I find it saddening that the Town Crier values the equal rights of our fellow human beings less than the trouble that a few lawsuits would create.
at Wednesday, 29 October 2008 10:16
It saddens me greatly to live in a town where discrimination is so easily embraced. Prop 8 is nothing but hate and bigotry and the town crier has endorsed it.
I feel that using marriage as a tool of discrimination cheapens the marriages of all the people of California. Whatever happened to "Life, liberty, and the pursuit of happiness". I guess that only applies to the "right" people.
at Thursday, 30 October 2008 08:29
The Town Crier has joined the Paradise Post as the only two newspapers in the state to endorse Prop 8. This certainly says something about the Editorial staff... and not something nice.
at Thursday, 30 October 2008 08:29
It saddens me that the Los Altos Town Crier doesn\\\'t bother to check its facts before making voter recommendations. Churches already have the right to refuse to marry anyone they wish, and Prop 8 will do nothing to change that. Catholic churches refuse to marry non Catholics every day, and no one\\\'s threatening their tax exempt status. Whomever your fact-checker is, you\\\'re paying him too much.
at Thursday, 30 October 2008 08:27
Activist judges disagree with the idea that only some people are equal. Brown vs. Board of Education was a landmark case dealing with racial prejudice and decided by activist judges. The country is better off. If it were left to a popular vote, segregation would still be the norm. It took court decisions and political leadership to move this country toward doing the right thing. Defeating Prop. 8 is also about doing the right thing and making our country better for all citizens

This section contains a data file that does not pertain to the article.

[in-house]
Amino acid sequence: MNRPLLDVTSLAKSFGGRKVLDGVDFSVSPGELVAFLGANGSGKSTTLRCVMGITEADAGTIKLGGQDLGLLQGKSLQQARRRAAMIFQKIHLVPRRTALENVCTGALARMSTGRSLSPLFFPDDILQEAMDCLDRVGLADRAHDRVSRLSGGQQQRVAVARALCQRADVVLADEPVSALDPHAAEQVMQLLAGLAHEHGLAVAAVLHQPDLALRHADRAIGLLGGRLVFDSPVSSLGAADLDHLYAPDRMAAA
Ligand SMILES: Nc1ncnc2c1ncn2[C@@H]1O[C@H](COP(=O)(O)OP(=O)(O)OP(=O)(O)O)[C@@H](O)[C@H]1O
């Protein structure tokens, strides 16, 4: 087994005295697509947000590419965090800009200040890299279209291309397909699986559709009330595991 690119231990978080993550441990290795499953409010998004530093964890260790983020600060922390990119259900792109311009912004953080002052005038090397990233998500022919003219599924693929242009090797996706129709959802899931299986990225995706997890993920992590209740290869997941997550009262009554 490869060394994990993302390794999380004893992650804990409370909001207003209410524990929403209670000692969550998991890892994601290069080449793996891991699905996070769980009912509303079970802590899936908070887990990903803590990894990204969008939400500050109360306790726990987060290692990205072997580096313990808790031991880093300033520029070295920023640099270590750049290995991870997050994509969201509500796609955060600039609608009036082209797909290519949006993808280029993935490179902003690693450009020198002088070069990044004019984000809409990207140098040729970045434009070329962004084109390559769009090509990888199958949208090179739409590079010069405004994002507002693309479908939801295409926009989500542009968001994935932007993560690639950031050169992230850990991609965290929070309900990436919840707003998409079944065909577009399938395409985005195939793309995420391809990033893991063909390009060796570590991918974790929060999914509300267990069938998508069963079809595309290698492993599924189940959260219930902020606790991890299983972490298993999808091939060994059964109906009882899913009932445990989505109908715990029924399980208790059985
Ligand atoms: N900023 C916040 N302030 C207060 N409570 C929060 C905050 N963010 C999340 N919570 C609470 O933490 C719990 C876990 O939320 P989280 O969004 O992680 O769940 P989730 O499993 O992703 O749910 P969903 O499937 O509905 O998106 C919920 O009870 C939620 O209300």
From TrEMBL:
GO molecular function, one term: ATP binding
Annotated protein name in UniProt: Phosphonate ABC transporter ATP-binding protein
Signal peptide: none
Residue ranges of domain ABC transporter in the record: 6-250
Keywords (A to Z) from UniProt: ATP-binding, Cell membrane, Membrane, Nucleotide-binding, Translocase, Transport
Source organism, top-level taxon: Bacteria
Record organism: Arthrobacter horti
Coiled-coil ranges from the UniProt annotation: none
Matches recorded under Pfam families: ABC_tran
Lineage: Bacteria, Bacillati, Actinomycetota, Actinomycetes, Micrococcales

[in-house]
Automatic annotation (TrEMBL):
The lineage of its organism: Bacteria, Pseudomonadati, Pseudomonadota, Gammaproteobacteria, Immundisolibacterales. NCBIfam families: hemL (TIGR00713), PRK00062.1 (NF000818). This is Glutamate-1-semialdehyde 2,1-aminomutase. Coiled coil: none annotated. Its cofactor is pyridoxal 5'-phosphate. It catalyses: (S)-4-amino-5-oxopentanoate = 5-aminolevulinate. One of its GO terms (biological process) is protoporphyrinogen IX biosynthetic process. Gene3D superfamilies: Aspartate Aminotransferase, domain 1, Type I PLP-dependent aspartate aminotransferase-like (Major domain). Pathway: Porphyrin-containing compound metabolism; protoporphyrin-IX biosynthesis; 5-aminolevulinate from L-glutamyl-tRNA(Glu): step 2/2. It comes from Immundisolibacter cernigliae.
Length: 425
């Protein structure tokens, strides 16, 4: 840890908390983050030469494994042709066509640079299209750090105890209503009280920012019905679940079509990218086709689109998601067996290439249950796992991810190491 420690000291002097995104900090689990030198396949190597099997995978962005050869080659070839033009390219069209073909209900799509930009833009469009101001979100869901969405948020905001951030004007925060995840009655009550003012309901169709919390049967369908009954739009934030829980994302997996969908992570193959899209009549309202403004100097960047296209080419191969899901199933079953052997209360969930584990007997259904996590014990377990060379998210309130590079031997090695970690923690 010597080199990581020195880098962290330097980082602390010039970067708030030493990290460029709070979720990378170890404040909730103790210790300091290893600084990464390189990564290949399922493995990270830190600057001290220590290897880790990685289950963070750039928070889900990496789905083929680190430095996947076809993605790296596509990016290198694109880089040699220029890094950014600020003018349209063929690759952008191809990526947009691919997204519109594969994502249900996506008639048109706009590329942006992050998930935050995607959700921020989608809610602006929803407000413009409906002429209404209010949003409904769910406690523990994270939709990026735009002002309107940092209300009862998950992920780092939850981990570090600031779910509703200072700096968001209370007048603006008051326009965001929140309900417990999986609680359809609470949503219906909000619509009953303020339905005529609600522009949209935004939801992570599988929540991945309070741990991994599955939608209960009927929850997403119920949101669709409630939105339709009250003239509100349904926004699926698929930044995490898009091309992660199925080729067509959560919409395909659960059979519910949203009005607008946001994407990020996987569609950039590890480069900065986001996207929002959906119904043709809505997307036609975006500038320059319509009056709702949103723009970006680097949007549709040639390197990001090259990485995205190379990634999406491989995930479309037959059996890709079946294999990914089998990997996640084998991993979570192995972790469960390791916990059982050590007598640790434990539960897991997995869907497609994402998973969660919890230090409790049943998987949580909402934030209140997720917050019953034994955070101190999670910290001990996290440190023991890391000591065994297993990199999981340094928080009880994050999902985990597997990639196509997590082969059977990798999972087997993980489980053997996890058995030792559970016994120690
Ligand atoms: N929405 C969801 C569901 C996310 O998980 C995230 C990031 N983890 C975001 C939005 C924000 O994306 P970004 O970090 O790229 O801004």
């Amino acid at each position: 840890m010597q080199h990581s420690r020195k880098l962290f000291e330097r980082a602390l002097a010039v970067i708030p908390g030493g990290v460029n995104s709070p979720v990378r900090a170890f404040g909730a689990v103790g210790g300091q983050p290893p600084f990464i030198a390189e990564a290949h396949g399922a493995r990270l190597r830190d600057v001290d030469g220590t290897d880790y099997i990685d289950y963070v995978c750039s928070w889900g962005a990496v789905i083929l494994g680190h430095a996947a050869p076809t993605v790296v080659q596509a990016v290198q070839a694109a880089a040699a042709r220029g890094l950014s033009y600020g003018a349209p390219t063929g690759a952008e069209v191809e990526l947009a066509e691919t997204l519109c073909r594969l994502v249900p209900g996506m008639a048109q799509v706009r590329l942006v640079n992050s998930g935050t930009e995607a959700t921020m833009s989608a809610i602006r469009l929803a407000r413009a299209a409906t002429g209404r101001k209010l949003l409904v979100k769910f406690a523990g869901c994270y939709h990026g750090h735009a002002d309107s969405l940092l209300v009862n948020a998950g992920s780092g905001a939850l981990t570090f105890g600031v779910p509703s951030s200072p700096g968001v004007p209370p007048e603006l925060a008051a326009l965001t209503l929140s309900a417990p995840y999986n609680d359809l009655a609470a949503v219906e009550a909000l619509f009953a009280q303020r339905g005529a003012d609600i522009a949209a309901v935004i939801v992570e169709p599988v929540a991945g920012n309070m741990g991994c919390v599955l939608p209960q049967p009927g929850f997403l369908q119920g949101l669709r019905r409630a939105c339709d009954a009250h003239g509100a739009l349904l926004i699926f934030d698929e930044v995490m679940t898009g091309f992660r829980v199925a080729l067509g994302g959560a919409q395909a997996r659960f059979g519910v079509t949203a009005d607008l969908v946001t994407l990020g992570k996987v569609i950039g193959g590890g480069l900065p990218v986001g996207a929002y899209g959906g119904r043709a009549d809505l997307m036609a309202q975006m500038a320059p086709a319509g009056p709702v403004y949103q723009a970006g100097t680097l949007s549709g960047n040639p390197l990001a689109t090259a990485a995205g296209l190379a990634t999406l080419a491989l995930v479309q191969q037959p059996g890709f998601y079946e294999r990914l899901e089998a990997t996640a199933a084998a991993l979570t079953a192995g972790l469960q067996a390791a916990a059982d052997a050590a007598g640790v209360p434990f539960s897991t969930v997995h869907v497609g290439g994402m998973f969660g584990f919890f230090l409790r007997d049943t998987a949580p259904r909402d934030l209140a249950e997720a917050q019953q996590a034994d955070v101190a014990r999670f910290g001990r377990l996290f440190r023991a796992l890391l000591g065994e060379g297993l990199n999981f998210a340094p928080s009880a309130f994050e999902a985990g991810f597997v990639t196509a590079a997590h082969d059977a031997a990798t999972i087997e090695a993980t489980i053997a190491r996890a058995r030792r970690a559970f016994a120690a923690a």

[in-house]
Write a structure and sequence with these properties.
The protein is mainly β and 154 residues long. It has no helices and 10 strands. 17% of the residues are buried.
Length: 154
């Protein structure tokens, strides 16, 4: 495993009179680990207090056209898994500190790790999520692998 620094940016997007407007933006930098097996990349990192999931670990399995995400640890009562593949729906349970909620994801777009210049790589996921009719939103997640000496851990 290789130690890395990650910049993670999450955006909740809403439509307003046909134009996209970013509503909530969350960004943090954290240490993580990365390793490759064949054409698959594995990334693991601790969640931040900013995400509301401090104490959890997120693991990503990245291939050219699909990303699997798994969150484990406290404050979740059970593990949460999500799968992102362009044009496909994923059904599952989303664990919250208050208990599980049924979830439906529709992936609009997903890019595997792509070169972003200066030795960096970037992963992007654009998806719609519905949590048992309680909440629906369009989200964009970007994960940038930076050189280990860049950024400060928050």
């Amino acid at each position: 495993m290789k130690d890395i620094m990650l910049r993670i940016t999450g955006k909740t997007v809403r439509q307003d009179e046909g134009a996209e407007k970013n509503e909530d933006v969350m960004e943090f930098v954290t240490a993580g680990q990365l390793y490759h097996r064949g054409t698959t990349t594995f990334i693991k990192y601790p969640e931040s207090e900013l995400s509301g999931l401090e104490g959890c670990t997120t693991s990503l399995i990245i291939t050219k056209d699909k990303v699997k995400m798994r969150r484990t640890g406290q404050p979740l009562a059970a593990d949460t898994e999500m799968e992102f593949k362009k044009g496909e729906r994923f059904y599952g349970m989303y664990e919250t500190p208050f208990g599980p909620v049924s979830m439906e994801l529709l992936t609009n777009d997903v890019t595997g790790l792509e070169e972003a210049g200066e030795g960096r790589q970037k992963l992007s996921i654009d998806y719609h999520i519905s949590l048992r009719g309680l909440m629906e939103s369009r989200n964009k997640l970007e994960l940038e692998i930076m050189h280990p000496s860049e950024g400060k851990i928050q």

at Thursday, 30 October 2008 08:28
It would be much easier on everyone if you guys would just admit you don\\\'t like gay people.
at Thursday, 30 October 2008 15:54
We are all taught prejudice for minorities from early childhood and throughout our adult years. It is hard to overcome even once you realize your actions, based on your beliefs, cause real harm and suffering to real people who only want to live their lives free from persecution and with equal rights. Equal protection under the law is a fundamental constitutional guarantee and is the foundation of our society. Our constitution should guarantee the same freedoms and rights to everyone. You don't have to overcome your prejudice, just don't write it into law. Please help America live up to the promise of liberty and justice for all by saying NO to prejudice and discrimination instead of making it the law of the land. Vote NO on 8.
at Friday, 07 November 2008 11:18
Now that we know the aftermath of people who think the same way as your recommendation. You have taken away rights that a court ruled were constitutionally guaranteed, and you have dealt serious damage to thousands of peoples life for the sake of religiously based legislated morality. No one is fooled by your claims that you defended representative government. You simply are unwilling to admit you are actually defending irrational hatred and prejudice. At least the rest of Los Altos disagreed.
at Monday, 22 June 2009 12:52
I am disgusted by the stance of the Town Crier with Proposition 8. Our town is now listed as hosting the largest paper in the state to editorialize in support of Proposition 8 - that and the majority of the city\\\'s citizens voted NO on the proposition.
And as if you need reminding, our elected officials did indeed pass same-sex marriage legislation TWICE. Compound that to the fact that nearly all of our elected officials opposed Proposition 8.